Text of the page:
I awoke this morning to a gloriously blue sky. I thought it might just be in Oakland, but as I crossed the bridge this morning, I was reminded of how beautifully San Francisco shines under the sun. I don't want to wait until our "Indian Summer" to enjoy that view again.

Thursday, May 31, 2007

Surf's Up?

I've been getting a lot of horoscopes like this one lately. Like Sam Cooke once said, a change gon' come. It's been a long time coming. And I am more than ready.

For May 31: Ride the big waves today, Pisces. Changes in your career situation are rolling in like high tide, so grab your board and follow the wave. Material changes that impact how and where you do business may also affect where you live. These changes should be for the better. Interestingly, there are multiple changes coming in. Don't get too stuck on any one personal or professional situation, because the big Kahuna hasn't arrived yet - but will shortly. Keep an open mind and a very observant eye. Your future, whether you recognize it or not, is changing course starting today.

Friday, May 25, 2007

Blender Set on Smooth

My favorite CD of the moment is Paul Nice's Sade Blends. The recipe is pretty simple actually. Mix two parts Sade classic songs with one part recognizable hip-hop beats and add a dash of Paul Nice's refreshing DJ skills. There you have it- the perfect summer cocktail!

Enjoy the Memorial Day weekend! I like to think of it as the unofficial kick off to summer, my favorite time of year.

Wednesday, May 23, 2007

Not-So-Secret Admirer

What and who I have been admiring as of late:

- People who don't have credit cards or only truly use them in emergencies (please teach me your ways, oh wise ones)

- Students (and teachers) who are just finishing their school year (how I miss that feeling of a long stretch of lazy days ahead!)

- Women who look good in those '60s, mod, trapeze mini dresses

- Champagne (the real stuff-- I'd like to, um, become more knowledgeable about it)

- Our friend Frank for being strong even though he has to return to Iraq

More to come . . .

Friday, May 18, 2007

Desperately Seeking Spirituality

Recently I read the book Eat, Pray, Love: One Woman's Search for Everything in Italy, India and Indonesia. This woman's journey of self-discovery through very different parts of the world fascinated me, made me laugh at times, and definitely made me think. I would recommend this to my friends because I feel her vulnerability blended with independence as a woman in her 30's is somehow relatable.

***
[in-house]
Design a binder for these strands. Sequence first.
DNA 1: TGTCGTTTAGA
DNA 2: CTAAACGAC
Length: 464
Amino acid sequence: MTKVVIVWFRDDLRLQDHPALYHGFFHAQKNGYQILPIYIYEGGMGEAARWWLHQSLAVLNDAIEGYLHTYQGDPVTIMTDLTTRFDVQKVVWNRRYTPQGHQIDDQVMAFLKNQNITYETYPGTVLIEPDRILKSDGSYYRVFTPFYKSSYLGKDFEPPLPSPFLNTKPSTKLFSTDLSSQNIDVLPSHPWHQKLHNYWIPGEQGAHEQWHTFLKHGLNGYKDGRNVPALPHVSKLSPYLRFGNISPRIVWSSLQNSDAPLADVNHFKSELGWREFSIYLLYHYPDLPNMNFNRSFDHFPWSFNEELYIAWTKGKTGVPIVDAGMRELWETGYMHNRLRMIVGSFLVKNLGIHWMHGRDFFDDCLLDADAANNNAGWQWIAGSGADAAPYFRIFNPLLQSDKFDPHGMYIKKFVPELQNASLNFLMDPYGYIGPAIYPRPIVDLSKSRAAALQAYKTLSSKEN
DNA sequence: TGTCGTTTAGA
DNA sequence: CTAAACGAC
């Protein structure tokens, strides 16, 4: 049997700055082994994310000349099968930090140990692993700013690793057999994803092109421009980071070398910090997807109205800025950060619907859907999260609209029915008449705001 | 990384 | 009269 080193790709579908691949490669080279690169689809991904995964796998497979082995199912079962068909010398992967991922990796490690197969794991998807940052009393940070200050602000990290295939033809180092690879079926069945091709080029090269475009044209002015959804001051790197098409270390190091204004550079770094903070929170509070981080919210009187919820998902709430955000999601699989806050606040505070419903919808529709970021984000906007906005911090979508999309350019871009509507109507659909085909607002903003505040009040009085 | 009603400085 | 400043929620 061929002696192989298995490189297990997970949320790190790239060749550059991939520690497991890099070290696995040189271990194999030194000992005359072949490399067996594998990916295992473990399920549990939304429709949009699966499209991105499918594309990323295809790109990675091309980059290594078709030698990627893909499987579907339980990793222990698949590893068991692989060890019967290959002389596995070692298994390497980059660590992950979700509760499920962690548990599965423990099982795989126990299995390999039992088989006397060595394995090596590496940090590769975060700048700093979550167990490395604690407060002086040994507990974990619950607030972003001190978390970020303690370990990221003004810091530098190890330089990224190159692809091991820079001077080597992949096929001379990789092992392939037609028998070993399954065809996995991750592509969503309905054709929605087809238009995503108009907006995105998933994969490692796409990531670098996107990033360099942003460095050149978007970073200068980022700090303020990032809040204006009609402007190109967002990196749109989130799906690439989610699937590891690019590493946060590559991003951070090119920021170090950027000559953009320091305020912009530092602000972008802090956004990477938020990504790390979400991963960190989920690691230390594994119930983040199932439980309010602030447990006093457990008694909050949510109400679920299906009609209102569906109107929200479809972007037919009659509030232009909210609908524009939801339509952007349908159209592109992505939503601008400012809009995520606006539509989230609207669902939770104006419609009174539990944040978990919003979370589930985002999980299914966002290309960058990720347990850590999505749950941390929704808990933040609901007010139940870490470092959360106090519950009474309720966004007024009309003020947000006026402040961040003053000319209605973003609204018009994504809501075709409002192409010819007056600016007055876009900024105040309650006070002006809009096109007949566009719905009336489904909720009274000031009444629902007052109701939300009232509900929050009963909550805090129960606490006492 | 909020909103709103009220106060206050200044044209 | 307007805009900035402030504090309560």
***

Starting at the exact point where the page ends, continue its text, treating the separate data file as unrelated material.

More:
At the same time, her successful search for spiritual enlightenment in India became all too convenient in my opinion. Like an Indian friend who read the book said to me, there are yogis who spend the majority of their lives trying to attain the sort of nirvana that she describes toward the end of her few months at an ashram there. I hope that wasn't too much a spoiler for anyone who wants to read the book. There's more to this portion of the book, of course. Sometimes I wonder if people simply convince themselves that they are experiencing some sort of connection with a higher power. But maybe that faith in the experience is all that matters?

Then yesterday I watched the movie Jesus Camp about children being trained as Evangelical Christians to be soldiers for Christ or something like that. Spiritually inspiring? Not exactly. A bit scary and disturbing? Oh yes. There are times when I admire someone's complete dedication to her or his faith and suspension of intellectual disbelief in order to follow a spiritual path. But these children- my God (um, I mean, your God... whatever)! How can an eight-year-old make the decision to dedicate her life to spreading Jesus' message and "saving" others? How can you tell children to pray and speak in tongues to Jesus? I thought speaking in tongues was supposed to occur out of someone's control, as if the Holy Spirit had taken over the person's body. But I swear these kids were almost competing to see who could pray the hardest and the best and who would be "touched by Jesus" and cry the most. They spoke of trying to pray away the hypocrisy of the world, but here they were with a superiority complex about having found the right path and judging others when they also say that God is the only one who can judge. Hmm. And they say there's no political agenda but then they teach the children to pray for the new Supreme Court judge to be a pro-lifer.